GAME THEORY

STRATEGIC DECISION MAKING BY SHEKHAR SUMAN JHA VISHRUT KALBANDE JAYENDRA PATEL SHILPAN PATEL

What is Game Theory? 
GT is an analytical tool for social sciences that is used to model strategic interactions or conflict situations.  Main objective  Competitor's control  Pay-offs & outcomes Strategic interaction: When actions of a player influence payoffs to other players

Influence factors 
rational behavior in interactive situations  Interests of individual player  Level of competition  Good strategist¶s own experience or prediction  Pay-offs & outcomes

How to use GT 
Explanation: What is the game to be played?  Prediction: What outcome will prevail?  Advice or prescription: Which strategies are likely to yield good results in which situations?

Why is GT important? 
Facilitates strategic thinking.  Provides a standard taxonomy that is needed for a scientific approach in analyzing strategic interactions.  Helps confirm long held beliefs.  Provides new insights.  ³To be literate in the modern age, you need to have a general understanding of GT.´ P.Samuelson

Where can we use GT? 
Any situation that requires us to anticipate our rival¶s response to our action is a potential context for GT.
± Games: Checkers, poker, chess, tennis, soccer etc. ± Economics: Industrial Organization, Micro/Macro/

± ± ± ±

International/Labor/Natural resource Economics, and Public Finance Political science: war/peace (Cuban missile crisis) Law: Designing laws that work Biology: animal behavior, evolution Information systems: System competition/evolution

Where can we use GT? (cont.) 
Business:
± Games against rival firms:
‡ Pricing, advertising, marketing, auctions, R&D, joint ventures, investment, location, quality, take over etc.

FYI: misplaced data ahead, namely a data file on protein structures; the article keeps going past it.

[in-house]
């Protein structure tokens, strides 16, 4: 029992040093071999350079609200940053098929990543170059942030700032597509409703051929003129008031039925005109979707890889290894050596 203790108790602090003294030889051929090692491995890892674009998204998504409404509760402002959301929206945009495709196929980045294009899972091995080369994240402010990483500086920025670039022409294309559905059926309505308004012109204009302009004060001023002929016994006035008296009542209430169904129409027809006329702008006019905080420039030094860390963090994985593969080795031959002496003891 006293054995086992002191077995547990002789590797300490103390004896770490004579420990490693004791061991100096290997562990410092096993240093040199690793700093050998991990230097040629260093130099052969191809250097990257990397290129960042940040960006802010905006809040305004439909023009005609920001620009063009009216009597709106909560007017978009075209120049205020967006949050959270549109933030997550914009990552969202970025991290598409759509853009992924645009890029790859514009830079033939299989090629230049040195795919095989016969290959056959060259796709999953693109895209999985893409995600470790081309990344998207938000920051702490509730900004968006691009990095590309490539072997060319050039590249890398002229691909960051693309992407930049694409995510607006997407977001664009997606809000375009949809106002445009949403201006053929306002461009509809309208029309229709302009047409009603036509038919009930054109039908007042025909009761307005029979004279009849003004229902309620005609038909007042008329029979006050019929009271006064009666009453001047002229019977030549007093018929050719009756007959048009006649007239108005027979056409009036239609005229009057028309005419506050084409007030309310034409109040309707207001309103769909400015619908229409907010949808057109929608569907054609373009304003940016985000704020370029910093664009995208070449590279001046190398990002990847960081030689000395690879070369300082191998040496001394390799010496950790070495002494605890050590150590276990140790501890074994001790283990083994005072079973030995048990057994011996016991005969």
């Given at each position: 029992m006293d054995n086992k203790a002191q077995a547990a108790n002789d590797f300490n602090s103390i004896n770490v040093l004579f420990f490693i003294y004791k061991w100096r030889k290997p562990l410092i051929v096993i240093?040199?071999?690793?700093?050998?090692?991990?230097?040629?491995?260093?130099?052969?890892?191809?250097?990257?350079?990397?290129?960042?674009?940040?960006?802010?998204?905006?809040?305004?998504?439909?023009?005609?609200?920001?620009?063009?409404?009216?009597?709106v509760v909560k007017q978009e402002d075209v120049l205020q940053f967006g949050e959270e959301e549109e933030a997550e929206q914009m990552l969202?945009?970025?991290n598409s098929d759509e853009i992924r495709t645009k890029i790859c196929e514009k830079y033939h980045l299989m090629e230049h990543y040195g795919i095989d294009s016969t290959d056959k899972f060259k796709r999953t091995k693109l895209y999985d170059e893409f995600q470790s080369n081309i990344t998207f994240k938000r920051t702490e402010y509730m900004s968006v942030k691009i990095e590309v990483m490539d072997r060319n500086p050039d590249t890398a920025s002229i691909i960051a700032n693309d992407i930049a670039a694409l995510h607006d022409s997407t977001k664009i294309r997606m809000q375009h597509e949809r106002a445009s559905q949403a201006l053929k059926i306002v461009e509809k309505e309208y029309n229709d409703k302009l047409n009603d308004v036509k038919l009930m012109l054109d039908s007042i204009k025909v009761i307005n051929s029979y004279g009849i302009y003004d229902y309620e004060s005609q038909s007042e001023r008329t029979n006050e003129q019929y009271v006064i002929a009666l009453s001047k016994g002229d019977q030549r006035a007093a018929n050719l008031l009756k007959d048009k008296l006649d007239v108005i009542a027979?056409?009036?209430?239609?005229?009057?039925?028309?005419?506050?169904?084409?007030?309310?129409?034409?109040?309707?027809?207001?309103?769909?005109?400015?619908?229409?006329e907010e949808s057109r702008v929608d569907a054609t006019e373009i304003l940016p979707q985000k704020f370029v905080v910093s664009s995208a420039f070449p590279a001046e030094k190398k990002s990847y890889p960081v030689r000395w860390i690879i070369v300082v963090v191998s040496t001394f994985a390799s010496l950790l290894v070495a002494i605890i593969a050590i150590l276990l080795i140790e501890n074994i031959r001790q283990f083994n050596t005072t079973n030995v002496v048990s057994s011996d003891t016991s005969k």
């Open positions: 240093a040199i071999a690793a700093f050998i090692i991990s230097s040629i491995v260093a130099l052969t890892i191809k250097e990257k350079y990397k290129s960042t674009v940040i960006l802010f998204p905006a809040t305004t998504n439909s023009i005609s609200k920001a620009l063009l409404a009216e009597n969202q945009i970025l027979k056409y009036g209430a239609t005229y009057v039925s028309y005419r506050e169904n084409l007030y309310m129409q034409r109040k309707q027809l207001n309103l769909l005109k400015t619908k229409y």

± Games against other players
‡ Employee/employer, managers/stockholders ‡ Supplier/buyer, producer/distributor, firm/government

What is a Normal Form Game?
A normal (strategic) form game consists of:  Players: list of players  Strategies: all actions available to all players  Payoffs: a payoff assigned to every contingency (every possible strategy profile as the outcome of the game)

Game Models 
Two persons zero-sum games: A gain by one is loss to other.  Non-zero sum game: gain by one not equal to the loss by other.  Saddle point game  Mixed strategy game  Dominance rule  2*n games & m*2 games  m*n games

Player¶s strategy A1 A2 A3 Column maxi-min

B! 12 6 -10 12

B2 -8 7 -6 7

B3 -2 3 2 3 -8 3

Raw mini-max

-10 

Saddle point : 3  Dominance rule

Assumptions in Static Normal Form Games 
All players are rational.  Rationality is common knowledge.  Players move simultaneously. (They do not know what the other player has chosen).  Players have complete but imperfect information.

International Investment Game 
3 Turkish firms investing in a Turkic Republic.  A new law is being debated in the Turkic Republic and they all want the law to be favorable for Turkish firms.  The president is very powerful. He promises to match the total donation made to a state university in terms of favorable tax cuts for Turkish firms.  The 3 firms have to decide whether to contribute or not.The more they contribute the more favorable the law.

International Investment Game
Firm 1 is the row player. Firm 2 is the column player. Firm 3 is the page player. Firm 3 Donates Firm 3 does not Donate Donate Don¶t Donate 5, 5, 5 3, 6, 3 Don¶t 6, 3, 3 4, 4, 1 Donate Don¶t Donate 3, 3, 6 1, 4, 4 Don¶t 4, 1, 4 2, 2, 2

NE is: (Don¶t, Don¶t, Don¶t)

What is a Game Tree?
Player 1

Left
Player 2

Right
Player 2

A

B

C

D

4 4

4 4

4 4

4 4

Assumptions in Dynamic Extensive Form Games 
All players are rational.  Rationality is common knowledge  Players move sequentially. (Therefore, also called sequential games)  Players have complete and perfect information
± Players can see the full game tree including the

payoffs ± Players can observe and recall all previous moves

Example of wall-mart to enter into foreign market
Migros

Aggressive
Wal-Mart

Normal
Wal-Mart

Enter

Enter Stay out Stay out 

 

 

 



Limitations of game theory 
There is no practical application of game theory in the real world  Assumptions of player & act rationality  Incomplete knowledge about competitor  Conservative approach to the decision

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